- Mitt Romney decries "$90 billion in breaks to the green energy world"
- He says "about half" of green firms aided by the 2009 stimulus are "out of business"
- Despite flame-outs like Solyndra, most businesses appear to be still operational
Republican nominee Mitt Romney has frequently railed against efforts championed by President Barack Obama steering money to promote "green energy."
He continued that line of attack Wednesday night, decrying what he described as "$90 billion in breaks to the green energy world."
"These businesses, many of them have gone out of business -- I think about half of them -- of the ones that have been invested in have gone out of business," the former Massachusetts governor said.
So are Romney's assertions correct, both about the size of the "green energy" program and what happened to those companies that got money from it?
The Department of Energy proudly touts that the 2009 stimulus authorized $90 billion "in government investments and tax incentives to lay the foundation for the clean energy economy of our future."
But not all that money has been spent, and not all of it -- in fact, not even half of it -- is being directed to upstart green businesses.
Part of 2009's much larger $787 billion stimulus package, this money went toward things like the weatherization of more than 770,000 homes and cleaning 688 square miles of land formerly used for Cold War-era nuclear testing.
Many individual companies did benefit directly. The government website that tracks stimulus spending lists 27,226 individual awards under the "Energy/Environment" section, totaling just shy of $34 billion.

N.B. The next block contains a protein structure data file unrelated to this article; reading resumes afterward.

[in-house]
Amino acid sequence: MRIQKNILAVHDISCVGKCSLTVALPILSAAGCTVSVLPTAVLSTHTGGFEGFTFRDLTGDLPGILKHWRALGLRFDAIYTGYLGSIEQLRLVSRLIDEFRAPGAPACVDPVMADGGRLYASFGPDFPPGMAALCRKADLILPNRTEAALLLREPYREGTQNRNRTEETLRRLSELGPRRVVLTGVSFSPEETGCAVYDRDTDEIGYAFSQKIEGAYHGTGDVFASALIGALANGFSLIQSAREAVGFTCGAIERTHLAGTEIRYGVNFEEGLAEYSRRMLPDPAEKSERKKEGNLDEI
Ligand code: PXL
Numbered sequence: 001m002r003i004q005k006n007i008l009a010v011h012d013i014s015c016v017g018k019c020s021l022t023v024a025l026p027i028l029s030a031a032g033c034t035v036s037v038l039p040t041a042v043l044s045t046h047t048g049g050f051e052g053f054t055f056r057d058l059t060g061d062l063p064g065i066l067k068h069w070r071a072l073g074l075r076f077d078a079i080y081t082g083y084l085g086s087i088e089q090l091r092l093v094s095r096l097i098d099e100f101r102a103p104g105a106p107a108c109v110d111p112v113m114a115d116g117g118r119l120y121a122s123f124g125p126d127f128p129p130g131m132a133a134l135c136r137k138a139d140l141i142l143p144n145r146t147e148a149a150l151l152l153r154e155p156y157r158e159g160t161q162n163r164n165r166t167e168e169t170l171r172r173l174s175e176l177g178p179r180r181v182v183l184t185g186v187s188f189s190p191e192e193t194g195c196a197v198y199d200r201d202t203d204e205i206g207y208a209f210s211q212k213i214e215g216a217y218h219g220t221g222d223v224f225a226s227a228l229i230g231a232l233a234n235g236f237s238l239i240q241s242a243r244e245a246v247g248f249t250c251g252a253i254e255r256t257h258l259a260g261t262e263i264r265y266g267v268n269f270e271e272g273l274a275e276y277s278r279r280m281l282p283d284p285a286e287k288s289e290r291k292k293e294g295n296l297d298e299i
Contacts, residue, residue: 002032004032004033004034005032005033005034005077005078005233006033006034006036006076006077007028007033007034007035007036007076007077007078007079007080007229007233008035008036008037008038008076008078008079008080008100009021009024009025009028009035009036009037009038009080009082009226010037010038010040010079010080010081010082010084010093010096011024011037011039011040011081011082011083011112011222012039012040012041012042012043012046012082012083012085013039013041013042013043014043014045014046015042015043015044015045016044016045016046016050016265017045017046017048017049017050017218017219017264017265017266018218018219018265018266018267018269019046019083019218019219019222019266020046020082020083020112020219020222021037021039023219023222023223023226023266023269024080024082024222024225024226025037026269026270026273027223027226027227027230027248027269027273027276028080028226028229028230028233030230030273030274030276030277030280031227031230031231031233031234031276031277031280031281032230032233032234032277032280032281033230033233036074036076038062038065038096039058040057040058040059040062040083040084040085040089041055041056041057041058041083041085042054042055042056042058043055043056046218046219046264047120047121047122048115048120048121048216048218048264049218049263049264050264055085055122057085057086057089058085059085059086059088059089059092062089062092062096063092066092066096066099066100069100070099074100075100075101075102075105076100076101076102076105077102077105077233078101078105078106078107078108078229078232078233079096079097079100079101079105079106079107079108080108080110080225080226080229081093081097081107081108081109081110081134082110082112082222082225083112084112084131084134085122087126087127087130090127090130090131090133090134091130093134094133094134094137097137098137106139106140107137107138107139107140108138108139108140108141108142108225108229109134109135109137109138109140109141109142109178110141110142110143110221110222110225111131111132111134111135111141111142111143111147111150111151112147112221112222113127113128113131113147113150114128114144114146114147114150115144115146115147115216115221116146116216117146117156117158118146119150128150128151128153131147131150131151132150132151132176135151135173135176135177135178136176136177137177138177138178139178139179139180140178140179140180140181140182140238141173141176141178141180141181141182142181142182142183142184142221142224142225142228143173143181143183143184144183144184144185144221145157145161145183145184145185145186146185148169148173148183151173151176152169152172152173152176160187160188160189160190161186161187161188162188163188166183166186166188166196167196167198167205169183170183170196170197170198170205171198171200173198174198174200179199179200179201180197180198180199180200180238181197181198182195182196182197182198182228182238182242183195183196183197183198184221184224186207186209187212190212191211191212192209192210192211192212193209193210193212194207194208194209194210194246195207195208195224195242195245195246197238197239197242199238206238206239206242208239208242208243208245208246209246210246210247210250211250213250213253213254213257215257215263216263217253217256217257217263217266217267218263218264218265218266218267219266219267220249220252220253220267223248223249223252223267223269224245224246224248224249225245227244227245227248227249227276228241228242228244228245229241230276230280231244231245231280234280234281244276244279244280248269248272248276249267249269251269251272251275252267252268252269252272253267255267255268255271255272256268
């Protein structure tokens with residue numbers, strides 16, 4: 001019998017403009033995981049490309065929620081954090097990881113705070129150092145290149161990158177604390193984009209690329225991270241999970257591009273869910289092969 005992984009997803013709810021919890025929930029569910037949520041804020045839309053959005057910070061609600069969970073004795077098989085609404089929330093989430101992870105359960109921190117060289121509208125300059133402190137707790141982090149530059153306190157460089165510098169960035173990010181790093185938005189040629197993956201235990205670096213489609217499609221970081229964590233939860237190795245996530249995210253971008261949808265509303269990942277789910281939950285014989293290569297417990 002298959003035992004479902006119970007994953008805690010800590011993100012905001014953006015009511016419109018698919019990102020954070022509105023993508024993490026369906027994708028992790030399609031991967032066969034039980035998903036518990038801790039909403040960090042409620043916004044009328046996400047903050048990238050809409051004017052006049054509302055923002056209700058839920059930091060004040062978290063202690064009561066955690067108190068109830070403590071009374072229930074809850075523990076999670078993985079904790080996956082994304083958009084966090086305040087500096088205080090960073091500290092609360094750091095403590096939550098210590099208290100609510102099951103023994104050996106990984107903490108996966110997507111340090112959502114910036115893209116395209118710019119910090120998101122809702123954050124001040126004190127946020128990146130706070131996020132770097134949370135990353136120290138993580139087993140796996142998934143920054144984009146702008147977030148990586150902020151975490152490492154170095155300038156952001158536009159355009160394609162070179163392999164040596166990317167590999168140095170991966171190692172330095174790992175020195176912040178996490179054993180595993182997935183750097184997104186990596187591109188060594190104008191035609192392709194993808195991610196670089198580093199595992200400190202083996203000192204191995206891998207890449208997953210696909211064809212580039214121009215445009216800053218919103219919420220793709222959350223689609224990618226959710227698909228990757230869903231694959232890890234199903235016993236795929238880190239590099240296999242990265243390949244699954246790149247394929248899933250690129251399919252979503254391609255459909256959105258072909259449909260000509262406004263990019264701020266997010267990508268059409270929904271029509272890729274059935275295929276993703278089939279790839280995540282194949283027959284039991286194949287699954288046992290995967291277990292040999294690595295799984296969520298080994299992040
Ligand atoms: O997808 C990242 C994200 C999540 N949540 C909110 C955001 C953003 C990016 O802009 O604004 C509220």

The Department of Energy this June specified "33 clean energy projects" of a larger scale as part of its "loans program." Of those, financing had been "closed" on 20 of them. The intent was to promote new technologies and approaches, not necessarily old ones.
There are also other things such as high speed rail and smart meters -- which are listed elsewhere, under "Infrastructure," as part of the same overarching stimulus legislation. Accounting for things like that, a report from the Brookings Institution non-partisan think tank this April tabbed the total green stimulus spending at $51 billion.
Then, there's the matter of whether half of those companies that have gotten money "have gone out of business."
A few recipients of the government funds have hit hard times. The most well-known of them is solar panel maker Solyndra, which received a $535 million loan guarantee from the Department of Energy. Two years later, it filed for Chapter 11 bankruptcy.
Still, it is unclear where Romney got his figure that "half" those businesses are no longer operating.
The Energy Department cites several success stories like one of the world's largest wind farms in eastern Oregon, massive solar power plants in Arizona and grants to Ford to produce fuel-efficient cars.
In fact, of the 28 funded projects -- involving 23 companies -- listed in a 2012 congressional report, only four involve businesses that were either sold or are not in operation.
It is fair to say that the 2009 stimulus authorized $90 billion for green energy, as Romney asserted. Whether or not one terms these as "breaks" is subjective, and one shouldn't assume that all the funds went to specific businesses like Solyndra.
Most of the large projects that benefited from the Department of Energy loan program remain in operation -- contrary to Romney's assertion that "almost half" of them had closed.